Tuesday, 6 March 2012

That's One!

Partner-who-drinks-tea is not the best at telling jokes. She usually gets some apparently minor detail wrong part way through leaving one thinking “Duh?” But she has perfected this one and is happy to remind me of it frequently:-

A middle-aged farmer is driving his horse and cart home from market and sitting next to him is his bright new young wife. As they are travelling along, the horse, an old decrepit creature, stumbles. The Farmer gets down from the cart and gives it a tremendous blow on the rear, saying “That's one!”

They have travelled a few more miles and the horse stumbles again. Once more the farmer gets down from the cart and this time takes his whip to the horse, beating it quite savagely. “That's two!” he says, and climbs back on board.  The bride, whilst obviously upset at his beahviour, says nothing.

After a couple more miles the horse stumbles again and the farmer gets down once more but this time he reaches for his rifle in the back of the cart and shoots the horse dead, saying “That's three!”.

His new bride can contain her horror no longer and says “Oh how could you be so cruel to that poor beast. It was doing it's best. Shame on you!”

The farmer looked at her, held up a finger and said “That's one!”

You might think that is not amazingly funny but it has become something of a major joke in our household. Any time I do anything that upsets Partner-who-drinks-tea (usually some mild, jokey insult) she holds up a finger and says, threateningly, 'That's one!'

The other day, when I failed to anticipate something she was going to say or misunderstood a half spoken sentence, she said “How long have we been married?” implying I should know her by now. My response of “I assume 'too long' is not the correct answer” earned me a “That's one!”

Later that same day she muttered under her breath “What am I doing?”
My response of “I've long since ceased trying to fathom that out!” earned me an even sharper look and a “That's two!”

Then, talking about the business's balances she commented “I'm still going to be short.”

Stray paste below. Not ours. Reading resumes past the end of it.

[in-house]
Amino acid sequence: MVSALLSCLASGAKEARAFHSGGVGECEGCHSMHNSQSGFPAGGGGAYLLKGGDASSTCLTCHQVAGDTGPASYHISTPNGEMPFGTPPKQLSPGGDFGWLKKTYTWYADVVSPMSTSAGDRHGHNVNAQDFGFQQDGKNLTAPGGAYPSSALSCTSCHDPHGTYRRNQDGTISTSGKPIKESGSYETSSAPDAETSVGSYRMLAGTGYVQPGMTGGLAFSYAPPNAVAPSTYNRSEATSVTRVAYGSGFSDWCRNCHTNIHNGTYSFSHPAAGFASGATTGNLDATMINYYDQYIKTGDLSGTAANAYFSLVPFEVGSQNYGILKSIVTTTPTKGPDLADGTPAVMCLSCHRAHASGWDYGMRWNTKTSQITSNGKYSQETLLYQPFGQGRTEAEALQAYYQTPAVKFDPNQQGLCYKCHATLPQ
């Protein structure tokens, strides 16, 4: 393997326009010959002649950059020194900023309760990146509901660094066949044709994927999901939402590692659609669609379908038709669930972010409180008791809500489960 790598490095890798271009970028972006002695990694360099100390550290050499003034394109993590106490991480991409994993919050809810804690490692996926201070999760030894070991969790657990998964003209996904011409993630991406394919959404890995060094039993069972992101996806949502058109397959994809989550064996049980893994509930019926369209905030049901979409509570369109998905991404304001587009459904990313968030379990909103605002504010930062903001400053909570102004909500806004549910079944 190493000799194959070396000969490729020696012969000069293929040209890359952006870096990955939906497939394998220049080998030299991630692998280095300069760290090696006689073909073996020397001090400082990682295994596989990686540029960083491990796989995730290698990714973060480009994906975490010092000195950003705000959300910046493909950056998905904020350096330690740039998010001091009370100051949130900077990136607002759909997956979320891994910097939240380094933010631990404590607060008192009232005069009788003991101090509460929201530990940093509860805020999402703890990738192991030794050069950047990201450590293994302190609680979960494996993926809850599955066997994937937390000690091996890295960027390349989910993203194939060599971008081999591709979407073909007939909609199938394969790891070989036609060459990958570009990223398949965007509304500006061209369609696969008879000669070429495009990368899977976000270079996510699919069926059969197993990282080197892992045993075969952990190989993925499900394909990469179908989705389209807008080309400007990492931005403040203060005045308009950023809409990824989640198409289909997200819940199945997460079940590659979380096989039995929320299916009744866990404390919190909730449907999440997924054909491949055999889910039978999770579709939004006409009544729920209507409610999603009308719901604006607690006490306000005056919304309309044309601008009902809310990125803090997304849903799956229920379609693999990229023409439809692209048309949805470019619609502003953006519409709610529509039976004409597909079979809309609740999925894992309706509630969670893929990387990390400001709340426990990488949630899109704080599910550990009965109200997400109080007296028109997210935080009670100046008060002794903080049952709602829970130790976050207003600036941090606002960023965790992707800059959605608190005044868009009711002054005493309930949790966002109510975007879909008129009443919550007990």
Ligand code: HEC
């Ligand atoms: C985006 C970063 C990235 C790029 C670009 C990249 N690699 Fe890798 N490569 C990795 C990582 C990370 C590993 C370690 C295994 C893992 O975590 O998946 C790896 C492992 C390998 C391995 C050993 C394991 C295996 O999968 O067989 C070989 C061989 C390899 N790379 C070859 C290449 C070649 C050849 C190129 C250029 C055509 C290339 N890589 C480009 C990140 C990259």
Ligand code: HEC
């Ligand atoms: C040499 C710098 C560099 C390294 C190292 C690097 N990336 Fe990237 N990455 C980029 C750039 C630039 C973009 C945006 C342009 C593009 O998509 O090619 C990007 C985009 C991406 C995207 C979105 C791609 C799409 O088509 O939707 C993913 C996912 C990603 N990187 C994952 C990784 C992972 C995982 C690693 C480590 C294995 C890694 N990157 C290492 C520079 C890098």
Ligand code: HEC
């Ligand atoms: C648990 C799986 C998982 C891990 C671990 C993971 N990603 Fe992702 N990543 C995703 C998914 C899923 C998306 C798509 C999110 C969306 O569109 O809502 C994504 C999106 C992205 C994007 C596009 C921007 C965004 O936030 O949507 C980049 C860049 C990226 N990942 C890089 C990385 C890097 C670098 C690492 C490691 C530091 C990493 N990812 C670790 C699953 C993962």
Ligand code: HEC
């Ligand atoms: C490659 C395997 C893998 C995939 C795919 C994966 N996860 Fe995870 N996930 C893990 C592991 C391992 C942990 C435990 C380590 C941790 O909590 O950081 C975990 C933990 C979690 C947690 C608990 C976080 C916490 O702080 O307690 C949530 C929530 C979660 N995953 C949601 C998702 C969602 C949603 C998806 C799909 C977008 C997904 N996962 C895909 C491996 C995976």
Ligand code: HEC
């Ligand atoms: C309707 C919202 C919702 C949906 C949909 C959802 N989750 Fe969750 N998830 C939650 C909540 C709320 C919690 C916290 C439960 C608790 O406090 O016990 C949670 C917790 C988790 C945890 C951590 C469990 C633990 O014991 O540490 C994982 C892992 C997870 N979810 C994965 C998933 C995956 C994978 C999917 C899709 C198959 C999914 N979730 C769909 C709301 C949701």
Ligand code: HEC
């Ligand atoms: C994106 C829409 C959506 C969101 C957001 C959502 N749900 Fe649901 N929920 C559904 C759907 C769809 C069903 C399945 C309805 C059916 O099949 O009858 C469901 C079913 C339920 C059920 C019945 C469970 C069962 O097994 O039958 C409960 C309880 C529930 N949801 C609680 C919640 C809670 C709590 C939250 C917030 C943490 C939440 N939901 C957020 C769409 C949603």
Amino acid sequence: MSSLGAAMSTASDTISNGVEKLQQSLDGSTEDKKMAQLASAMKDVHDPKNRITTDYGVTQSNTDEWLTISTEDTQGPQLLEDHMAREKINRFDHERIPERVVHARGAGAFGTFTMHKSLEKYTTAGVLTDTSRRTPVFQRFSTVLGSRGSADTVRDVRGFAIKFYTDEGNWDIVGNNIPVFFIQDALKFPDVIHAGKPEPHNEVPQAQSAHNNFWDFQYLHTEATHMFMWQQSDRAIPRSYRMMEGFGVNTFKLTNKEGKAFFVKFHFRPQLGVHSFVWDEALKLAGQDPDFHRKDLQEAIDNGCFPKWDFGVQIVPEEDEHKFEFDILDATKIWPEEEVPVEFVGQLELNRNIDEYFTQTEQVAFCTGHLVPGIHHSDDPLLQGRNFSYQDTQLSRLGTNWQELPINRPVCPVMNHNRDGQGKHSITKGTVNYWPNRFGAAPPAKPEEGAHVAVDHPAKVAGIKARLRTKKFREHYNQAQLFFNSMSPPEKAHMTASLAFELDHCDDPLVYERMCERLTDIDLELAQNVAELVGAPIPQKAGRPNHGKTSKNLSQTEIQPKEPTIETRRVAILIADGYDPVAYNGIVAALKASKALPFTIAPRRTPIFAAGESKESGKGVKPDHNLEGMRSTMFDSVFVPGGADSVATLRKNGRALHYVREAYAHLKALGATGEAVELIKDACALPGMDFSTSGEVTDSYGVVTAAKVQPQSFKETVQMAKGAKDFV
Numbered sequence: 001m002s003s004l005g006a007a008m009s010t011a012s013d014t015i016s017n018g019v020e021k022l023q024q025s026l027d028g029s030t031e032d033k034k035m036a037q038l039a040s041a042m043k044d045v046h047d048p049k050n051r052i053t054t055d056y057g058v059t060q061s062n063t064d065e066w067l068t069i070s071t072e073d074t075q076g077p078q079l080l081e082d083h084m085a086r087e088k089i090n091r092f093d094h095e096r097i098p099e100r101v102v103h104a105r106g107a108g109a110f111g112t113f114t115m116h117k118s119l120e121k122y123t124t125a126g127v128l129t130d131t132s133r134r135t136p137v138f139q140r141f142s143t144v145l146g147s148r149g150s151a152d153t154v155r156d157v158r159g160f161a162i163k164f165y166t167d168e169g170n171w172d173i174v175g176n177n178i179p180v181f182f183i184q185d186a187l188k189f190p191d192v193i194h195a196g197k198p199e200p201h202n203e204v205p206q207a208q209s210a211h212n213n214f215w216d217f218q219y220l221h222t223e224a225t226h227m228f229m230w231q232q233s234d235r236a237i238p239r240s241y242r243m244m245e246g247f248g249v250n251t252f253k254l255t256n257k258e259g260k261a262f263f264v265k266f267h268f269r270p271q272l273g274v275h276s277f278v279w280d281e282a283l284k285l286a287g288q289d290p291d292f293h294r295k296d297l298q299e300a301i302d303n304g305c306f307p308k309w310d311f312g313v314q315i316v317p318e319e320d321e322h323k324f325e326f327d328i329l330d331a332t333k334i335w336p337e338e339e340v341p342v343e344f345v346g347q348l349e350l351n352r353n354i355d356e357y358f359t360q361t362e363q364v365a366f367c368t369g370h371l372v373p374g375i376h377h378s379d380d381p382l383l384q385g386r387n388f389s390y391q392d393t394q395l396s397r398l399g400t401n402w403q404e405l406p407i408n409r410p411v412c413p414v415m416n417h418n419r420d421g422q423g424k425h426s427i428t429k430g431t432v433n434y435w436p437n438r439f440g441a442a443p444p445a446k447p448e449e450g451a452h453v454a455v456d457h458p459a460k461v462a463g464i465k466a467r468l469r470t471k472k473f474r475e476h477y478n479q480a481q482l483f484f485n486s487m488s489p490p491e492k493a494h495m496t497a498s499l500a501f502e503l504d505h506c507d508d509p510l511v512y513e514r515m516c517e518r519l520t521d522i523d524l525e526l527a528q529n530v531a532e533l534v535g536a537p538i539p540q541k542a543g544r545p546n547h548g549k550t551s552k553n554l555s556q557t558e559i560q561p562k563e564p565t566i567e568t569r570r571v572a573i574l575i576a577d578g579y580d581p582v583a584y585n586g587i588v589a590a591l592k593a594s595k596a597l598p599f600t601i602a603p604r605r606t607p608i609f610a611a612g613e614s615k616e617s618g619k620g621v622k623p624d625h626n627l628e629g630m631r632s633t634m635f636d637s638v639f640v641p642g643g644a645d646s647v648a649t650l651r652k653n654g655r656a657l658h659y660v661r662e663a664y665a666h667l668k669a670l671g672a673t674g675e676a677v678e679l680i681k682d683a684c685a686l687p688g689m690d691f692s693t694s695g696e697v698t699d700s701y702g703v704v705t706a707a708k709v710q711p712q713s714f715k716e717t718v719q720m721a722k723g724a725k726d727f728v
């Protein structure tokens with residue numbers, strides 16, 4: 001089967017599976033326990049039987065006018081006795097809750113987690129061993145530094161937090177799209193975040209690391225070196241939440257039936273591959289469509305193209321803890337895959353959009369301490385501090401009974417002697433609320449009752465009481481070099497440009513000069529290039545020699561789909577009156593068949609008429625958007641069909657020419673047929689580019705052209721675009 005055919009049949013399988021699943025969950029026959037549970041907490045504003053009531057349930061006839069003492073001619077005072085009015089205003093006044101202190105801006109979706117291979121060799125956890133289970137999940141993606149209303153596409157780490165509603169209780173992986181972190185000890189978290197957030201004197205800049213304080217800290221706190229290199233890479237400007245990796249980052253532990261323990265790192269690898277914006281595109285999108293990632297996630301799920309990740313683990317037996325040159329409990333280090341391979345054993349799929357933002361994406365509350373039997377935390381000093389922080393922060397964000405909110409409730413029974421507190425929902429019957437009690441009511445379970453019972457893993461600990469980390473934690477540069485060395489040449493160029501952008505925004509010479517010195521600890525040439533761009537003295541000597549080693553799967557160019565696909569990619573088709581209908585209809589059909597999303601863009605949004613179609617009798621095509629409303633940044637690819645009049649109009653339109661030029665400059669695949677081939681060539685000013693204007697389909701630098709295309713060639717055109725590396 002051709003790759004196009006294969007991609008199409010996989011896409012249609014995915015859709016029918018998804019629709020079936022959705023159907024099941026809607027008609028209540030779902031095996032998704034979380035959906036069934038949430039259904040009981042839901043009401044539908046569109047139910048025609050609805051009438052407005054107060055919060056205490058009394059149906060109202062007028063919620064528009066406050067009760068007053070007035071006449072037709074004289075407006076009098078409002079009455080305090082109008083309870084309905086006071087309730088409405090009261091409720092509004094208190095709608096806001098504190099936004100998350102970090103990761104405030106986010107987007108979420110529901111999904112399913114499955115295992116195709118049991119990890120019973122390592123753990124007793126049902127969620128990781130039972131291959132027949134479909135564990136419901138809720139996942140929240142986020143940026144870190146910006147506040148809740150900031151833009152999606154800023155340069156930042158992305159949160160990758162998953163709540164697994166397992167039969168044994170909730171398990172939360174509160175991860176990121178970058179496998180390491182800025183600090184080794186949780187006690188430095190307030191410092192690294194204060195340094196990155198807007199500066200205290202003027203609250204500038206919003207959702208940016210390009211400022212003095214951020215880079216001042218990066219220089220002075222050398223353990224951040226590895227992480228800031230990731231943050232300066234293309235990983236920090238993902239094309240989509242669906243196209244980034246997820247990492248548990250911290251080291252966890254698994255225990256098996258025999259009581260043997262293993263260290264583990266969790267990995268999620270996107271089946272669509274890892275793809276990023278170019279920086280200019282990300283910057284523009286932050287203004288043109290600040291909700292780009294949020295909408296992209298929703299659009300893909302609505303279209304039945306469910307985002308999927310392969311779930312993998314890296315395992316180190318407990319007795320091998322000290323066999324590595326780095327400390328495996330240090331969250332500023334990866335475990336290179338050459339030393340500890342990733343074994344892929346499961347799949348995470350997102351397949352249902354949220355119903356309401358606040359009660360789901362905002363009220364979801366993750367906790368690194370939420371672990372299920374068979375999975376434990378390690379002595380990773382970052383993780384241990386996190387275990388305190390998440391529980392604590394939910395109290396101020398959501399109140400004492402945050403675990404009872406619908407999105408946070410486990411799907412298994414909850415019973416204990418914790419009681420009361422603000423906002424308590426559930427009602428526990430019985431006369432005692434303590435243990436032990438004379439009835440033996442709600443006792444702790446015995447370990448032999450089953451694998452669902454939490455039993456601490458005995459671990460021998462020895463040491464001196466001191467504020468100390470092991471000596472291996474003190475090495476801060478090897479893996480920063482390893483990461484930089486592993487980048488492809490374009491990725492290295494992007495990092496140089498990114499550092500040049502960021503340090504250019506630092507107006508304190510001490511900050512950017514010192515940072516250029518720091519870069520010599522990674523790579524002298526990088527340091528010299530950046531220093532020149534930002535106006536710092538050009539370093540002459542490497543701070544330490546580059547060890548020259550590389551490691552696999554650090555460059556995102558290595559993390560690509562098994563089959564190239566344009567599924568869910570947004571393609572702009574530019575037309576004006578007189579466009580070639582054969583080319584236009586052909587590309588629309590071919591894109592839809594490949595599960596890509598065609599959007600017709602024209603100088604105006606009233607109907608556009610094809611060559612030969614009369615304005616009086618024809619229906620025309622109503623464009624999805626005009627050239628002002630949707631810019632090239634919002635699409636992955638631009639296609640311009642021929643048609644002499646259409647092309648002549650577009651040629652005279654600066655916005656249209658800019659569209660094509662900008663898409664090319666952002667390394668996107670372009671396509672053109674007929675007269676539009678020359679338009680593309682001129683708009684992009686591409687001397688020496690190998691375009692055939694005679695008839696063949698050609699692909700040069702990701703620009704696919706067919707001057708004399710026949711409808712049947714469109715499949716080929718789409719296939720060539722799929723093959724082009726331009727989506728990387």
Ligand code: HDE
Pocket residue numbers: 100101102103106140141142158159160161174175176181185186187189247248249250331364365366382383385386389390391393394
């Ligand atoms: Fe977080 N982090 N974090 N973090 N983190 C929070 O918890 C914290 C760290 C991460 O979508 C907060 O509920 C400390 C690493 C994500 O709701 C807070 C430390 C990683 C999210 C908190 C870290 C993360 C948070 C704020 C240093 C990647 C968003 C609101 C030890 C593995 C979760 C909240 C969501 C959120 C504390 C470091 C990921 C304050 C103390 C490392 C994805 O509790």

“Aye,” I said, “”there's not much chance of you growing at your age.”
I fled the room to the sound of “That's three!” and something being thrown.


  1. This is one of my Daddy's favorite jokes! (He got it from a Jerry Clower comedy album.)
    Only in our version, it is a mule instead of a horse!
    After bad service at a restaurant from a rude or indifferent waitress, he will whisper, "That's number one!" So, isn't it funny that is a family joke in our family too?!

  2. I must tell Partner-who-drinke-tea your Dad's use of it, Kay. She'll love that!

  3. I have to say I find the original story more creepy-cruel than funny; but still understand how it can easily come to be used as a combination of private joke and warning system. (Count yourself lucky you have a wife who at least counts to three!)

  4. You and my husband should get together. That's his kind of joke.
    The repartee between husband and wife in Britain is quite different from the USA. When we were students (Married)my husband would make mother-in-law jokes or play the poor henpecked husband. I would have some poor 'helpless females' come and ask me if it didn't hurt my feelings. Love good British humor.

  5. How funny - that joke is in our family too. I remember it from my childhood - my grandpa used to use it about grandma. I dont know what he would have done on the count of three though because he was so small and she was a lovely, cuddly but b i g lady and would have made mincemeat of him! Happy memories.

  6. About that joke -thought you might be interested to know that that joke was at one point alive and well in the Canadian prairies. i remember my old Dad saying (twinkly-eyed) "That's ONCE," perhaps back in the 1960s, and maybe earlier, and for at least 40 years after that. As i recall, his telling of the joke didn't differ appreciably from yours. Always one for a good laugh, my Dad (I swear) never in his life forgot a joke he'd heard, and the ones he loved, he would haul out again and again, this one especially. He got a real kick out of saying those two words within earshot of others who knew the joke. Aside from the pleasure of the shared knowledge, I think the joke appealed to him for a couple of reasons - he would have loved the old-fashioned sensibility of the farmer, the wife, and the horse, reminders of his own up-bringing in 1920s and '30s on a Canadian prairie farm. Perhaps as important for him, however, would have been that the words, "That's ONCE," guaranteed the satisfaction of winding up my Mother, who never failed to delight him with her outrage, which, of course, would in turn fuel his enjoyment.
    It occurs to me as I hear the joke again, that jokes have a shelf life, so to speak, that is limited by ridiculous extent to which we are increasingly forced to pander to 'political correctness' so as to avoid offending anyone - surely an impossible endeavour at best, given that offence is the source of the humour that helps us to handle offence in the first place.
    Take care,

  7. They do say the old ones are the best, McGregrr! But we hadn't realised how old this one was going to be. I wonder if anyone has ever done research into the age of jokes. I suppose so few of them ever made it into print until recently that it would be impossible.

  8. I enjoyed this post - your replies to your wife :)

  9. Can't say she didn't warn ya! Great story :D


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